This is the reason that many personal fitness trainers advocate doing regular back strengthening exercises and to work the core, because it is integral to overall health and body strength, especially as we age.
Back pain can be indicative of a variety of conditions that can range from being benign to very serious. Most people who experience back pain take medication to relieve the pain and go about their business, but they do not realize that stopping the pain is not stopping the problem. Due to the uncertainty of this type of pain it is important to explore all the potential causes for it.
Many conditions present themselves with other symptoms alongside back pain, making it a little easier to decipher between them.
If you have been struggling with constant back pain, it is important to understand the different types of back pain and the symptoms they bring so that you and your doctor can move forward with effective treatment plans.
Types of Back Pain and Symptoms
The back is one of the largest areas of the body because it takes up a lot of surface area. Due to the size of this body part, there is a lot of potential for pain, discomfort and other problems to arise. The back is also a sensitive area because of the nerve endings and vertebrae located in the spine. These highly sensitive parts and organs are prone to damage and strain, making them the prime area for pain to manifest when there is a problem. Also due to the size of the back, there can be pain all over—from the upper shoulders and neck, to the center, to the lower back, you can experience back pain virtually anywhere.
While not all back pain is the same, the more in touch with your body you are, the more likely you are to identify one hurt from another. For example, back pain from the menstrual cycle is extremely different from the pain one feels from a sprain. This is because the various muscles and nerves respond differently to different cause of pain. The most common types of back pain are the following:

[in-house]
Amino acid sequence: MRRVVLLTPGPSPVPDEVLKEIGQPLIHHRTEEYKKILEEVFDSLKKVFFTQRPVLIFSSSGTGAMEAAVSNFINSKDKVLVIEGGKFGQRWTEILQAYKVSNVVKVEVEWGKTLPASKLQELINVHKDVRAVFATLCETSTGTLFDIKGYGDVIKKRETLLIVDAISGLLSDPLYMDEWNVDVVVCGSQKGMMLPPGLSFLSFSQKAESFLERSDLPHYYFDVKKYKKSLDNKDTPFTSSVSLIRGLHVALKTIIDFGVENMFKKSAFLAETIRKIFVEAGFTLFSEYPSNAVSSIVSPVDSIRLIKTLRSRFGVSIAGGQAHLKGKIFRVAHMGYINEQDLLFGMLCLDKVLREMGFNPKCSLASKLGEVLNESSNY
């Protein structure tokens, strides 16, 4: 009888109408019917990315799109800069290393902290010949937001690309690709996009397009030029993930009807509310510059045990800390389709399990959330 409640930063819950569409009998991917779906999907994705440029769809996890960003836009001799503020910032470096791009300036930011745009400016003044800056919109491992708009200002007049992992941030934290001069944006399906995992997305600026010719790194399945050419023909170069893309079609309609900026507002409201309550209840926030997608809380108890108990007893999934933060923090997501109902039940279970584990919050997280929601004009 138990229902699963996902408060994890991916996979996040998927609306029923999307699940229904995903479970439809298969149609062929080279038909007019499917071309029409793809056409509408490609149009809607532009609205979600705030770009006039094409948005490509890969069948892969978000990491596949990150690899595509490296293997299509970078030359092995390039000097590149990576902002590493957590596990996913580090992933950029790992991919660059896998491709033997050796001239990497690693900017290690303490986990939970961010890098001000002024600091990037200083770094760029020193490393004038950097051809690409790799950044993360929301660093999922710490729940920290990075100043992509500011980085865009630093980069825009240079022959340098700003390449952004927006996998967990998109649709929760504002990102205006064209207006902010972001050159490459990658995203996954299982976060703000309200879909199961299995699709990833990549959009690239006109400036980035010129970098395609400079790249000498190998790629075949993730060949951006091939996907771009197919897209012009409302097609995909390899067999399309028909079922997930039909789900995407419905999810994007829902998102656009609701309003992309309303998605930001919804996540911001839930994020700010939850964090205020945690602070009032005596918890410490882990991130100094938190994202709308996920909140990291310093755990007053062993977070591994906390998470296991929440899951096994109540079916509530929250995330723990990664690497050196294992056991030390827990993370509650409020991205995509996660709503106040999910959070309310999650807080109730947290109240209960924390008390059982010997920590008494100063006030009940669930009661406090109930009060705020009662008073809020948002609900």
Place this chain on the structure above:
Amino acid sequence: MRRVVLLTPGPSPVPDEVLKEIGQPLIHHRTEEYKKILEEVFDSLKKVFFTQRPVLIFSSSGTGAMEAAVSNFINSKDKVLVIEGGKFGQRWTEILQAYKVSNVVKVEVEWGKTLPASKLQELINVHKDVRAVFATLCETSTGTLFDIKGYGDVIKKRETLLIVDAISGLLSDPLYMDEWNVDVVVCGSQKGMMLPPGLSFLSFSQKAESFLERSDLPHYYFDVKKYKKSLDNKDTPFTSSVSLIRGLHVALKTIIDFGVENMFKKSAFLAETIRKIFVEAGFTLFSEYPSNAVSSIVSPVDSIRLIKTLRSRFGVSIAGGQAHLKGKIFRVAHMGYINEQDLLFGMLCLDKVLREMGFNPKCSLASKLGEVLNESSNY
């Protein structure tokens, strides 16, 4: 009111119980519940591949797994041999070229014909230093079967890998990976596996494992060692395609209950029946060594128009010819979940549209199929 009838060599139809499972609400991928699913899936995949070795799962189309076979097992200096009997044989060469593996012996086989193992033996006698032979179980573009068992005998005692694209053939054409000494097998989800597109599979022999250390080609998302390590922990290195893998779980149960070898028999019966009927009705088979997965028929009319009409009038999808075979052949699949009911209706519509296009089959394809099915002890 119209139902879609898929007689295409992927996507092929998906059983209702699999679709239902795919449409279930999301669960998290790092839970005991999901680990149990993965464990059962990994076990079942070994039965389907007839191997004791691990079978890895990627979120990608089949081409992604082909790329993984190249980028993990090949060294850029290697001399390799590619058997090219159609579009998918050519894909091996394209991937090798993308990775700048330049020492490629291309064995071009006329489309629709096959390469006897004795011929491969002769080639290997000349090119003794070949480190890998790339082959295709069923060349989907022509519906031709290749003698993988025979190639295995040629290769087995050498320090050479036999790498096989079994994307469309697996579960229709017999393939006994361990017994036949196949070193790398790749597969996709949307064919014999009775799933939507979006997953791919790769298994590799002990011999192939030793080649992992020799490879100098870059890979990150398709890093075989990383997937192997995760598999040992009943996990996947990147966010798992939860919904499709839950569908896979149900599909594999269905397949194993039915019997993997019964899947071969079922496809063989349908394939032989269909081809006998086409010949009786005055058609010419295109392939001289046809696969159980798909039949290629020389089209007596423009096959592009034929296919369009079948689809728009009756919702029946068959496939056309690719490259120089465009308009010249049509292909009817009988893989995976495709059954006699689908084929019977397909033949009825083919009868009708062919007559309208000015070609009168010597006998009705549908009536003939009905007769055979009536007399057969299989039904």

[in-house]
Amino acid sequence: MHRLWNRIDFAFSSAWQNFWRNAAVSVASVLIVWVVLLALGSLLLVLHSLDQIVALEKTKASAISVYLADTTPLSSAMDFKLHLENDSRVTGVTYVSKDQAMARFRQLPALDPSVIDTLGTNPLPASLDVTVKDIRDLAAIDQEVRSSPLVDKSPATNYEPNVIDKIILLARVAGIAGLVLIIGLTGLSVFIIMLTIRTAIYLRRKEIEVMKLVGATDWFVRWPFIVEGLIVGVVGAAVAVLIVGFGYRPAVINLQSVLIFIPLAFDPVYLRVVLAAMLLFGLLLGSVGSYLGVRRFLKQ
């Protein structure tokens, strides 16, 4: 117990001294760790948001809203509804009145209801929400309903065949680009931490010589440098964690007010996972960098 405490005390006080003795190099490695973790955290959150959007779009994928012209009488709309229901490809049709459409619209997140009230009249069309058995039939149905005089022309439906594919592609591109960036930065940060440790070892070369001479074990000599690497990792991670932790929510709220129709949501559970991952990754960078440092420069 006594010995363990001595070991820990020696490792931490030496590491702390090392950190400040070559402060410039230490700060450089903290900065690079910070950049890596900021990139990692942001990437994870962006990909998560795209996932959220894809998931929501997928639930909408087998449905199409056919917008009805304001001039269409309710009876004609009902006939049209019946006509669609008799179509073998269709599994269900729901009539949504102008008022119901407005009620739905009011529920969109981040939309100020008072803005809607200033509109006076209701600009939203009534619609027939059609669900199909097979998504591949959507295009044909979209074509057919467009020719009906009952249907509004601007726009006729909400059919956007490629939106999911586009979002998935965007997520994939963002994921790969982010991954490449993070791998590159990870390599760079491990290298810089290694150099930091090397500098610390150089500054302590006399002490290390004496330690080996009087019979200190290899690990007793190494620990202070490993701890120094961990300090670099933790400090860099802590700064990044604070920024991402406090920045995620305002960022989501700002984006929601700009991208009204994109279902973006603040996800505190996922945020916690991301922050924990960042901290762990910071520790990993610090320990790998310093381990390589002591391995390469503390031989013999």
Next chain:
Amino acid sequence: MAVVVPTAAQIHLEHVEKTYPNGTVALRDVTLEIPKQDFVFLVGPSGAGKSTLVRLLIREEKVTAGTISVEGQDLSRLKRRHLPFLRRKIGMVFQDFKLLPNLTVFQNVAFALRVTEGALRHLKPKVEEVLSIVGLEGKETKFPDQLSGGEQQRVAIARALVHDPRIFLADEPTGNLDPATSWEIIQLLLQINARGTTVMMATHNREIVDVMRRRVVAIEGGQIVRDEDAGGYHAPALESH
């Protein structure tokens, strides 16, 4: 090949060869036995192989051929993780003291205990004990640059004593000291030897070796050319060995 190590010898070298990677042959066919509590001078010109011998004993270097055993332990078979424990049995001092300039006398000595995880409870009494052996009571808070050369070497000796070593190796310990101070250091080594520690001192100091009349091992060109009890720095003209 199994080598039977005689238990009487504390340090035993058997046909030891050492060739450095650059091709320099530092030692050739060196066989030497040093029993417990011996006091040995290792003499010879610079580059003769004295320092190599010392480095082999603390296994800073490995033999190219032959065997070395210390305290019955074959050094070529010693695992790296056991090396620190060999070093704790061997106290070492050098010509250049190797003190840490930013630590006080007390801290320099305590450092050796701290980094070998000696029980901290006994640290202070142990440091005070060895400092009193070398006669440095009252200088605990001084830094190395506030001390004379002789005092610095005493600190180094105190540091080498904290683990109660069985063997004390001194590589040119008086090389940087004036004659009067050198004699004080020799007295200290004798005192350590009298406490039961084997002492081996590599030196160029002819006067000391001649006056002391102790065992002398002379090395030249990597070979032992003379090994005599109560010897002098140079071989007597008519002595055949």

• Upper Back Pain
• Lower Back Pain
• Middle Back Pin
• Upper, Middle, and Lower Back Strain
• Lower Back, Leg, and Hip Pain
• Nighttime Pain
• Sprain or Strain Pain
Many people experience these forms of back pain on a daily basis. While they are common, that does not mean they are not cause for alarm. There are certain accompanying symptoms that may indicate the need to visit your doctor. The following complications may require medical attention and include back pain as part of their common symptoms:
• Sciatica: This condition occurs when pressure is placed on the sciatic nerve located in the leg or upper thigh. The sciatic nerve can cause both back and leg pain if it is subjected to too much pressure. This can happen when a person is overweight or even underweight because the nerve will be exposed to either a lot of extra pressure or friction respectively.
• Cuada Equina Syndrome: This syndrome can negatively affect the bowels and bladder and may even lead to paralysis. When out of hand, this condition could also require emergency surgery as to avoid any lasting damage to the abdominal area.
• Hernia/Herniated Disk: A hernia occurs when the abdominal tissue “falls” out of place, usually due to heavy lifting or excess strain. While this mostly affects men, it has the potential to affect women as well, especially if the condition is hereditary. When a hernia occurs it could cause serious lower back pain that will almost definitely require immediate medical attention.
Play It Safe
If you have persistent back pain it is best to put the painkillers away and pick up the phone. Your doctor can perform a thorough examination and assess your unique back pain. Do not wait until your pain has gotten out of hand. Play it safe and contact your medical care provider as soon as possible.